Most of the time, I hate bragging. I hate it when I do it (or am tempted to). I hate it when others do it. But I am about to brag on my old man because he is having a once-in-a-lifetime experience this weekend and I am too happy not to share it.
This weekend, at the annual conference of the National Wildlife Society, Dad will receive the Aldo Leopold Award. Named after the conservation leader and founder of the wildlife management profession, this award is like the Pulitzer Prize for professional contribution to wildlife management.
Dad has devoted his entire life to the practice of and education about conservation, wildlife management, and ethical use of natural resources. Some of my earliest memories include attending 4H conferences and seminars where he would teach young people. He taught my brother and I (as well as many of our friends) about hunting, fishing, and the joys to be found in the outdoors. He instilled in us a respect for nature and a belief that one of the many ways that God reveals Himself to humanity is in the world He created. We were raised with the belief that every generation is a tenant generation, with the obligation to responsibly care for and then pass on the abundant natural resources of the world to the next generation.
He spent 20 years in Washington D.C. as the national program leader for wildlife and fisheries in the United States Department of Agriculture. He was the first person to ever hold this position. While in this position he consulted with every land-grant university in the U.S. to help them keep their programs on the cutting edge. He fought blood-draining battles with politicians and bureaucrats to protect regulations for ethical land use. He helped to initiate a program to recruit more minorities into the profession. By the time he retired, more than one of his colleagues referred to him as a legend in the field.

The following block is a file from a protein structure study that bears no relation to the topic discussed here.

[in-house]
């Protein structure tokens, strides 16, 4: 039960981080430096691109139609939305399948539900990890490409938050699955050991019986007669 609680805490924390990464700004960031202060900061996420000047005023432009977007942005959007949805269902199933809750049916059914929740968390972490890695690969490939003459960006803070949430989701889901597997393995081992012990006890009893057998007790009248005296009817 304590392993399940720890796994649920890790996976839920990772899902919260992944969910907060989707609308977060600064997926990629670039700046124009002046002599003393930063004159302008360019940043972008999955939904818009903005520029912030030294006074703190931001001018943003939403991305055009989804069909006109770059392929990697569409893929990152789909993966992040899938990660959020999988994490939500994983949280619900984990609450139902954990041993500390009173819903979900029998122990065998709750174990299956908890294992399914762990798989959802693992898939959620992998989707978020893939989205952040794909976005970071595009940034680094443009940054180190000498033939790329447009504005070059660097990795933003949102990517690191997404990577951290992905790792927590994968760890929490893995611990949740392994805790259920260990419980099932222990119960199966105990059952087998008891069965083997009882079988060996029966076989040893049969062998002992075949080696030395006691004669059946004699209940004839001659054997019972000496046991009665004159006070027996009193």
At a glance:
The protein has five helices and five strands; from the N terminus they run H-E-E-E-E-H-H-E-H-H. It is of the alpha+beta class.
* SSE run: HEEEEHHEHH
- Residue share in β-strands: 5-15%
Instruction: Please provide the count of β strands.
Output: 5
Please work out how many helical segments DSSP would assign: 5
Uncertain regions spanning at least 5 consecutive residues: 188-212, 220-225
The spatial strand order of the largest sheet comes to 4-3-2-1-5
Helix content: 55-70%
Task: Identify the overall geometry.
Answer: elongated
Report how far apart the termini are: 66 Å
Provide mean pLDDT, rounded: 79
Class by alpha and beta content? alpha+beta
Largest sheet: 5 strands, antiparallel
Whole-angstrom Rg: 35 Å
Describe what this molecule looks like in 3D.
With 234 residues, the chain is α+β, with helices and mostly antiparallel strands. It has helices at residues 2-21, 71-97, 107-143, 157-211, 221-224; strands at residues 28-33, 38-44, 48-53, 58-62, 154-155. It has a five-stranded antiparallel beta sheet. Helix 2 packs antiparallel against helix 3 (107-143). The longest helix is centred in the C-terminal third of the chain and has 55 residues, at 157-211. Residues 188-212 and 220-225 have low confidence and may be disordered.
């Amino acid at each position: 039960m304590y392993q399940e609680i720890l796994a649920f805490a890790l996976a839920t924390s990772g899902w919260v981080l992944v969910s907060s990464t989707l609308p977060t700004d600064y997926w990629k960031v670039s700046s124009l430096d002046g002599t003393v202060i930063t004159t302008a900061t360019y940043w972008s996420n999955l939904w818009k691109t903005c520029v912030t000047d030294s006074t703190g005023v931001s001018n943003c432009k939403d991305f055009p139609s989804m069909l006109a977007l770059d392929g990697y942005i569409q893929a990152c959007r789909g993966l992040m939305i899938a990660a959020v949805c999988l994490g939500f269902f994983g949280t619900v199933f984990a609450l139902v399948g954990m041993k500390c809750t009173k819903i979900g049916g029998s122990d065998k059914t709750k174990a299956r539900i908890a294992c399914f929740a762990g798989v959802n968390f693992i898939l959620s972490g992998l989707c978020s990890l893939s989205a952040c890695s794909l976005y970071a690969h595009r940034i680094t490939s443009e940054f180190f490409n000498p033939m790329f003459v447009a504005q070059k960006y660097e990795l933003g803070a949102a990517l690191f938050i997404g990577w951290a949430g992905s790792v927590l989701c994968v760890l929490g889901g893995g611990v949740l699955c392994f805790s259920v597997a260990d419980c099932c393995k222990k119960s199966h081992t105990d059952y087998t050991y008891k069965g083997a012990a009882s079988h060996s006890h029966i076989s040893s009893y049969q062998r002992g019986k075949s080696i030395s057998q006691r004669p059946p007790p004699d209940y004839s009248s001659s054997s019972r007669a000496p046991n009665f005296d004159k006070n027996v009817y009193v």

After retiring from the USDA, Dad took a position at Mississippi State University as a research professor in the department of wildlife and fisheries. He influenced the next generation of foresters and wildlife biologists while continuing the fight for responsible wildlife management by advocating for fair-chase hunting and other ethical practices. He also helped to found and is still a leader of the Fellowship of Christian Conservationists. He retired from MSU in 2005 and is still in demand as a writer, speaker, and consultant. He has not lost his passion for educating people about his vocation and avocation.
I have always been proud to be one of his sons for a number of reasons. But this weekend I am proud that my old man is getting his due. I am proud of the number of people who have pushed for him to get this award. I am proud that he was too humble to “buck” for it. And I am proud of the example that he has provided to me. If I am lucky I will leave half the mark in my field that he has left in his.
Congratulations, Dad. You earned it.